After dedicating most of 2009 to jump-starting financial markets through stimulus packages, developed countries are now turning their attention to reforming the basic architecture of those markets, especially the incentives for risk-taking. In a major step towards regulating systemic risks, the United Kingdom last week announced a one-off 50 per cent “super-tax” on bankers’ discretionary bonuses exceeding £25,000. The move could raise £550 million, which would be used to help reduce unemployment, according to Chancellor Alistair Darling. However it has generated, as expected, a torrent of resistance from financial services firms, including threats that they would mass-migrate to other countries. By way of response, an aide to the Chancellor has asserted that the solution was for the banks to “pay less in bonuses” and to realise that this tax was “about changing their behaviour, not raising revenue.” Other members of the European Union such as France and Germany have come out in support of the policy, with France imposing a similar super-tax on bonuses exceeding €27,000. Executive pay has come under fire in the United States too. Kenneth Feinberg, President Obama’s pay czar, has sharply cut cash compensation, requiring instead that 175 most-paid executives in bailed-out companies hold stock compensation for two to four years.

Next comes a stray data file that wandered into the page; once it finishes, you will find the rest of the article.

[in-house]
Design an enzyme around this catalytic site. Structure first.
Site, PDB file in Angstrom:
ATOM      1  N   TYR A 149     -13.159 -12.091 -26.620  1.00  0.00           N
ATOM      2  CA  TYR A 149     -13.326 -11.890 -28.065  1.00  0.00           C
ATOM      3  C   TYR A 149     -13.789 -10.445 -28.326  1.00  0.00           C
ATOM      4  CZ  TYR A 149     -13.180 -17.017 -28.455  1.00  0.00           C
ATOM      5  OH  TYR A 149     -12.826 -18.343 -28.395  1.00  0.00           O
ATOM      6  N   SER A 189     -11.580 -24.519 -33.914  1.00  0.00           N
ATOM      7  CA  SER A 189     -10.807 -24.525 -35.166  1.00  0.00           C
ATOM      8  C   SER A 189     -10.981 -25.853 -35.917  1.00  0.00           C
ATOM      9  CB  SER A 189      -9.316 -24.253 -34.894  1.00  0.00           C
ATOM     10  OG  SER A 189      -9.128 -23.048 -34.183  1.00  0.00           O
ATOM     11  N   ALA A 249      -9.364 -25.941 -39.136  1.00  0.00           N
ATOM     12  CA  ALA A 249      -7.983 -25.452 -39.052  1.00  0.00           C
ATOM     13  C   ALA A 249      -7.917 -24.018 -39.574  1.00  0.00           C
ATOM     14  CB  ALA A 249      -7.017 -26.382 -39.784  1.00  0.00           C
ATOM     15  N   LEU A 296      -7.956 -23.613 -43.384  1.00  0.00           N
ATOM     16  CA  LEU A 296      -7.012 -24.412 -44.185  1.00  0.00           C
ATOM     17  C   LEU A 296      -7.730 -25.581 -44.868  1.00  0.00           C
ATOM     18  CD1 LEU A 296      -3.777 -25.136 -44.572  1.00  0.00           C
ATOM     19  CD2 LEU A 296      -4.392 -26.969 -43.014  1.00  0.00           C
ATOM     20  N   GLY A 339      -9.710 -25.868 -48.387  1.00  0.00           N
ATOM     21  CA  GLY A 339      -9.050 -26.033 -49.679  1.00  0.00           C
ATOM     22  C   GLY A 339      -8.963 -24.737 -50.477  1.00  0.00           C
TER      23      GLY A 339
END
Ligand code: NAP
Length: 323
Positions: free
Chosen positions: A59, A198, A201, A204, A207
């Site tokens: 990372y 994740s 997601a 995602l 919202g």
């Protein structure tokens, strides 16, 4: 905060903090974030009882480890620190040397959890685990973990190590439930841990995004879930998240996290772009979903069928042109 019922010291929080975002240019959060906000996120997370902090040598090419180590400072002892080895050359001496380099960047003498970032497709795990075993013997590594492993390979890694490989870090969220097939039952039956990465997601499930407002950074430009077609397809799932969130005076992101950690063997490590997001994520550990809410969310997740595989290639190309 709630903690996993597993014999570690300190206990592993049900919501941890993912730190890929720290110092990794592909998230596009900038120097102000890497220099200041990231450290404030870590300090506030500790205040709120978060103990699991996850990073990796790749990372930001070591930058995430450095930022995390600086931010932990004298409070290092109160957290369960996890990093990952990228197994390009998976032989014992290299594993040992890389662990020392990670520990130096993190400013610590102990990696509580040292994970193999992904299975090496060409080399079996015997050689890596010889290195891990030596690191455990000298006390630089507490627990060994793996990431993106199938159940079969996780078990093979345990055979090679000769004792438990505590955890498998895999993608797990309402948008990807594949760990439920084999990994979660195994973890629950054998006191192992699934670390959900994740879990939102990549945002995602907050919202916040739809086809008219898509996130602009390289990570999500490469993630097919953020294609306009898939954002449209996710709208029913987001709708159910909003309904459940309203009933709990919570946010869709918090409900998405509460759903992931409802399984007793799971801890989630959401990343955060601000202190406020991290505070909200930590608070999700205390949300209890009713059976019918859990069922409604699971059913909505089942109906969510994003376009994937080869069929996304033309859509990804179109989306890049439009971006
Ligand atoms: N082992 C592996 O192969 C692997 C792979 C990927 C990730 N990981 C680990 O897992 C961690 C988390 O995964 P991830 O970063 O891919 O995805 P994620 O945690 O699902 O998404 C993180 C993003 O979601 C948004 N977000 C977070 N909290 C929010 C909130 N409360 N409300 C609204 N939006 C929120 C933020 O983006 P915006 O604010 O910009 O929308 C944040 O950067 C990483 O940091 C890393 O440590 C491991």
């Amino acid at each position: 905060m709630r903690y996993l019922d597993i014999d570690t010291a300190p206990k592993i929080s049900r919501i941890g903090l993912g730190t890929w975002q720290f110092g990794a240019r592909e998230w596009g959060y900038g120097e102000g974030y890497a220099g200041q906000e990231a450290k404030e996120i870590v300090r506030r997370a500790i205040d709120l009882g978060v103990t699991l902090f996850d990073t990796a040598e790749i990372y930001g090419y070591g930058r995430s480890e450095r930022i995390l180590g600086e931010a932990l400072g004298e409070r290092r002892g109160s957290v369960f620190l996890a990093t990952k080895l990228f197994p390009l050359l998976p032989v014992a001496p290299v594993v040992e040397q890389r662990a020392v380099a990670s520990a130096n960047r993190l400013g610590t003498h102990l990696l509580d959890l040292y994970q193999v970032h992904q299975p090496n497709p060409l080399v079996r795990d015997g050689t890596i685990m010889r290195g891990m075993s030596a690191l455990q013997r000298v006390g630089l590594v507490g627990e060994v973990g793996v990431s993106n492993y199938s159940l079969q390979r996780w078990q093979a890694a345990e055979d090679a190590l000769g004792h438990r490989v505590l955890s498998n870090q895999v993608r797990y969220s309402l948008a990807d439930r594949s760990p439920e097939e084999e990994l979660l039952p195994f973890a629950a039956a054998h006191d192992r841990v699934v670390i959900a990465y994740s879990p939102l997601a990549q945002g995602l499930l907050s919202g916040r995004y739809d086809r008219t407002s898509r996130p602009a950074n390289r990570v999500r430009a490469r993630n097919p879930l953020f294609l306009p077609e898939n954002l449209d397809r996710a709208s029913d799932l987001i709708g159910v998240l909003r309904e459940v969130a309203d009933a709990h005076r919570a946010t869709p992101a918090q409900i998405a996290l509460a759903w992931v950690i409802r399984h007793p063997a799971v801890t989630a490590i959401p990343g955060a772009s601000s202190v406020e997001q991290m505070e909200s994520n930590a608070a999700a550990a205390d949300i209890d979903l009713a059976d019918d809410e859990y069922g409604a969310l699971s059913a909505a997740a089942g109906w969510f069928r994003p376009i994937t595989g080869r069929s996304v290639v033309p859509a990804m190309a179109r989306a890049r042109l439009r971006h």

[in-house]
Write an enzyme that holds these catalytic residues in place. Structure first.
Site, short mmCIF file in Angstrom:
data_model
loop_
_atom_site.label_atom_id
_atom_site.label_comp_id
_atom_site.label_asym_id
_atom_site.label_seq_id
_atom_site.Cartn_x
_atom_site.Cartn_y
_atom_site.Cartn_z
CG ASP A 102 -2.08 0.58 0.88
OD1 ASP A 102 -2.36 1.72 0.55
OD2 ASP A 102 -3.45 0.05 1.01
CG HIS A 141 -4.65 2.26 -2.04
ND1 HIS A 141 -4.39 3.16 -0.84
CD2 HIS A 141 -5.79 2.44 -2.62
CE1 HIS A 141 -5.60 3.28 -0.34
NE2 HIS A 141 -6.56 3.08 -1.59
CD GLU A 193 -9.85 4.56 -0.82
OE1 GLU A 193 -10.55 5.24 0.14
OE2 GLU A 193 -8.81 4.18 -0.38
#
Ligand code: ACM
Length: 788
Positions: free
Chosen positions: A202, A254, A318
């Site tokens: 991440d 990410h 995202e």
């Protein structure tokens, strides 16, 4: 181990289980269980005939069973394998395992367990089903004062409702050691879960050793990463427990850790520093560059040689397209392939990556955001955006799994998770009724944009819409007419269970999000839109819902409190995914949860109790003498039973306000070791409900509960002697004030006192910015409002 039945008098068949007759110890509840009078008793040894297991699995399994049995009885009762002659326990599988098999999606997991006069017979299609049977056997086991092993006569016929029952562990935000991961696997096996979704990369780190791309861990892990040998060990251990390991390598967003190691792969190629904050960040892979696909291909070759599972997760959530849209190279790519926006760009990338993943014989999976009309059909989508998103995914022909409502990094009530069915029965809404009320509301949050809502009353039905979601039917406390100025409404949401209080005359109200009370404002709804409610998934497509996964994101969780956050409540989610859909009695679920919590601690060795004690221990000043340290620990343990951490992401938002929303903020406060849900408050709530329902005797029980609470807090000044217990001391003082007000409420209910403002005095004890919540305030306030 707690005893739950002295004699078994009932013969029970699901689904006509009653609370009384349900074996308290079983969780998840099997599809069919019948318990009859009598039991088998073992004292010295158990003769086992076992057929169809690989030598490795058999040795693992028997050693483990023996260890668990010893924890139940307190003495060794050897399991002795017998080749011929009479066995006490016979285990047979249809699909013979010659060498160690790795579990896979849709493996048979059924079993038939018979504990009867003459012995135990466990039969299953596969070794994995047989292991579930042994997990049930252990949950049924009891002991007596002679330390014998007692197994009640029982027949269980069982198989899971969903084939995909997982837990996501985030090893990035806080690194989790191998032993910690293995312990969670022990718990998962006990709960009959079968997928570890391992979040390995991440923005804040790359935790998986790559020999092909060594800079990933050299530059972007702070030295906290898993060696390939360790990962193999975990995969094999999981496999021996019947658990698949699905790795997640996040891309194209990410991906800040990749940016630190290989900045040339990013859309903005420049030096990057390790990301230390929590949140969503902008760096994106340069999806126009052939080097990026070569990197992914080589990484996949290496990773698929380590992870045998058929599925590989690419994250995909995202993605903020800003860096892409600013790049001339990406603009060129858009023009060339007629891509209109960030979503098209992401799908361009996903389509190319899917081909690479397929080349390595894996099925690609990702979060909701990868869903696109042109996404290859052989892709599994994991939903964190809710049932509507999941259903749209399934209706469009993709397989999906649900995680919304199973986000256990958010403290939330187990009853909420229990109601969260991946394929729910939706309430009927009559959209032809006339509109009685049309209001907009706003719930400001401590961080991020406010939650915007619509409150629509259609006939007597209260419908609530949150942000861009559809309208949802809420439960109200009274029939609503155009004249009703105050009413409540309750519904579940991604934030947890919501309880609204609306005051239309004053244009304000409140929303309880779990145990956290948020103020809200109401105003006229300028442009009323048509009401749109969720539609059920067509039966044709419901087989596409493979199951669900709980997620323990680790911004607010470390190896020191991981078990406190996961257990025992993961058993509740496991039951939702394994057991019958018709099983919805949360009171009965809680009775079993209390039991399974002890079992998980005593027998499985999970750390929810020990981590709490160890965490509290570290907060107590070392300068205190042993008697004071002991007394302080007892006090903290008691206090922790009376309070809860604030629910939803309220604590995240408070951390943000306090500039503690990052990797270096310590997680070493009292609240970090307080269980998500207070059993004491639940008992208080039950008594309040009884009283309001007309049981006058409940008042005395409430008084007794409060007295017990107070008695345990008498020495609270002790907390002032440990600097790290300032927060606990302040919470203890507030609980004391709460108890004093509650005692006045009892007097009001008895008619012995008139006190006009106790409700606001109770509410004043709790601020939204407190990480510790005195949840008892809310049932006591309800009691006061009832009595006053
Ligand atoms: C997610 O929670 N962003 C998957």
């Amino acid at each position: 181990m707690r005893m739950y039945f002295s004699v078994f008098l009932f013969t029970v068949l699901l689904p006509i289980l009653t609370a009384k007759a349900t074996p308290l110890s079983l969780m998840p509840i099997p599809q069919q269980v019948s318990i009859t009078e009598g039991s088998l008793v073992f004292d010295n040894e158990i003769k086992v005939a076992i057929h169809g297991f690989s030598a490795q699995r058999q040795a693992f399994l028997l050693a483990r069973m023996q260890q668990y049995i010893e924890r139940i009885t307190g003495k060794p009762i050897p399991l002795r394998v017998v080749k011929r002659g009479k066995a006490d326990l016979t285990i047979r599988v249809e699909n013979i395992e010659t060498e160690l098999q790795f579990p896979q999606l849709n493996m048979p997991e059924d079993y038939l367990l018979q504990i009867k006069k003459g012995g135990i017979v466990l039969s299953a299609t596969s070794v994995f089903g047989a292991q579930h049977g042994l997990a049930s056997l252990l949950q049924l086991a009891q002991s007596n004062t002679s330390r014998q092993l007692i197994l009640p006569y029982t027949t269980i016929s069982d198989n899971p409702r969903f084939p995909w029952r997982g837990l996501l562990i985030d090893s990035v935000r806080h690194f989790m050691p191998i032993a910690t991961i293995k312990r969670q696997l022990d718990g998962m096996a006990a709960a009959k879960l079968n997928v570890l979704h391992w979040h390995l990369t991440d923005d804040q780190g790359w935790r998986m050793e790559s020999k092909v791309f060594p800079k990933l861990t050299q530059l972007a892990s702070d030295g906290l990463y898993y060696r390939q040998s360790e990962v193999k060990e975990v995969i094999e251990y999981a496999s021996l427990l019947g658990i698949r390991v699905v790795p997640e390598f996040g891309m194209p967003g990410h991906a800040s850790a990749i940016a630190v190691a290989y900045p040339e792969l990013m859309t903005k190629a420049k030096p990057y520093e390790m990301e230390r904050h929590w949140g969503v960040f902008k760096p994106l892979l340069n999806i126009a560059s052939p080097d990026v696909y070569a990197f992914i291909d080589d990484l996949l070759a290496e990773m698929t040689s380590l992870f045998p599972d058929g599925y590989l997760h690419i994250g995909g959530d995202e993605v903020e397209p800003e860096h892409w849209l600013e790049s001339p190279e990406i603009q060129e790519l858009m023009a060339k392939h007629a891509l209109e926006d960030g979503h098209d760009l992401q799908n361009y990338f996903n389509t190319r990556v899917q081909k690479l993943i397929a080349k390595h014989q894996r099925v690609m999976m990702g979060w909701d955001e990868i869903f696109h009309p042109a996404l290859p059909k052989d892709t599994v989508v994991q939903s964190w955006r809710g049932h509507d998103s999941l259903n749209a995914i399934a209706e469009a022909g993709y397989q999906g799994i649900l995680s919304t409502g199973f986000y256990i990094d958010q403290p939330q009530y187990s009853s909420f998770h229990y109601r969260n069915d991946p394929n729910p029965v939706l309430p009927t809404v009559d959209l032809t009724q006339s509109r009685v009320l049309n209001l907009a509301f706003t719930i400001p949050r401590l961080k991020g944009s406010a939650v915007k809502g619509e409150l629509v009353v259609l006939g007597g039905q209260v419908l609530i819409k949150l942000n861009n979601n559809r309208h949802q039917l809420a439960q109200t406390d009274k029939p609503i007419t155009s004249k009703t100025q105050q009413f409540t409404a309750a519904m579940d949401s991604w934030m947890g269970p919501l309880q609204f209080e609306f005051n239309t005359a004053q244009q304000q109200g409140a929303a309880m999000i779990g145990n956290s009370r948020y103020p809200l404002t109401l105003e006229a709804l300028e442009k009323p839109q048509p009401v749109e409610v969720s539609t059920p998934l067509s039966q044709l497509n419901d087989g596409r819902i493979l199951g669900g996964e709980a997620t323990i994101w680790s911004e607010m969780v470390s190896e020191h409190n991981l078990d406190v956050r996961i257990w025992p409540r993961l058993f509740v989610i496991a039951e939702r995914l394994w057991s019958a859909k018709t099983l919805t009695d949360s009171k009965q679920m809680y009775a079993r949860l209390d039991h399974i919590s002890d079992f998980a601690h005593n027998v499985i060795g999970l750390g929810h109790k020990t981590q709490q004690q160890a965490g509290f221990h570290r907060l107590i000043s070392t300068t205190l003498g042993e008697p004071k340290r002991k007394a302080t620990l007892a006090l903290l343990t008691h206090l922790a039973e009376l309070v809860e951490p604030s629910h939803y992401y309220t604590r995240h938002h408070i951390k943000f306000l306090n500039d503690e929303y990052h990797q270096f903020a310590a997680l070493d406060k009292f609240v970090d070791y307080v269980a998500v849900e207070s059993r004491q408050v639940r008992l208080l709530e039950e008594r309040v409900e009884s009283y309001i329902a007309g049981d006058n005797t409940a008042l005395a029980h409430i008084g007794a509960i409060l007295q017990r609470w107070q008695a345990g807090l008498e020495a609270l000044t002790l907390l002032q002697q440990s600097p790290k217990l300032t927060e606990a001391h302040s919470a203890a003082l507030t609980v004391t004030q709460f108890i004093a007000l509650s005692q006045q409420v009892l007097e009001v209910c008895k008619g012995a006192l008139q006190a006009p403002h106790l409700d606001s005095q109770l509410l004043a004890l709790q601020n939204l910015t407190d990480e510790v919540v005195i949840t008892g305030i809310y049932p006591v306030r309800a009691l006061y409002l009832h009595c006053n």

Yet pay is only one dimension of a culture of excessive risk-taking, which precipitated the credit crisis on the back of lax regulatory standards and the availability of cheap credit. Only a comprehensive overhaul of regulatory oversight, of the kind passed by the U.S. House of Representatives last week, stands a reasonable chance of changing deeply entrenched attitudes towards risk. The reform proposals, which mirror some of the policies enacted in the EU, include tighter regulation of derivative instruments, procedures for managing collapse at large banks without resorting to taxpayer money, and the creation of a Consumer Financial Protection Agency to monitor lending practices. The bill also seeks to empower lawmakers to oversee the functioning of the U.S. Treasury — not a bad thing considering it was the Treasury, under Alan Greenspan, that stubbornly held interest rates at artificially low levels, setting off credit-driven asset bubbles. Finally, the reforms seek to extend the powers of the Securities and Exchange Commission to aggressively patrol the fringes of the financial universe, including hedge funds, with the aim of foiling would-be Madoffs and Rajaratnams. Even as the U.S. and Europe struggle to get unemployment under control over the coming years, they would do well to persist in their mission to curb financial excess through serious institutional reforms.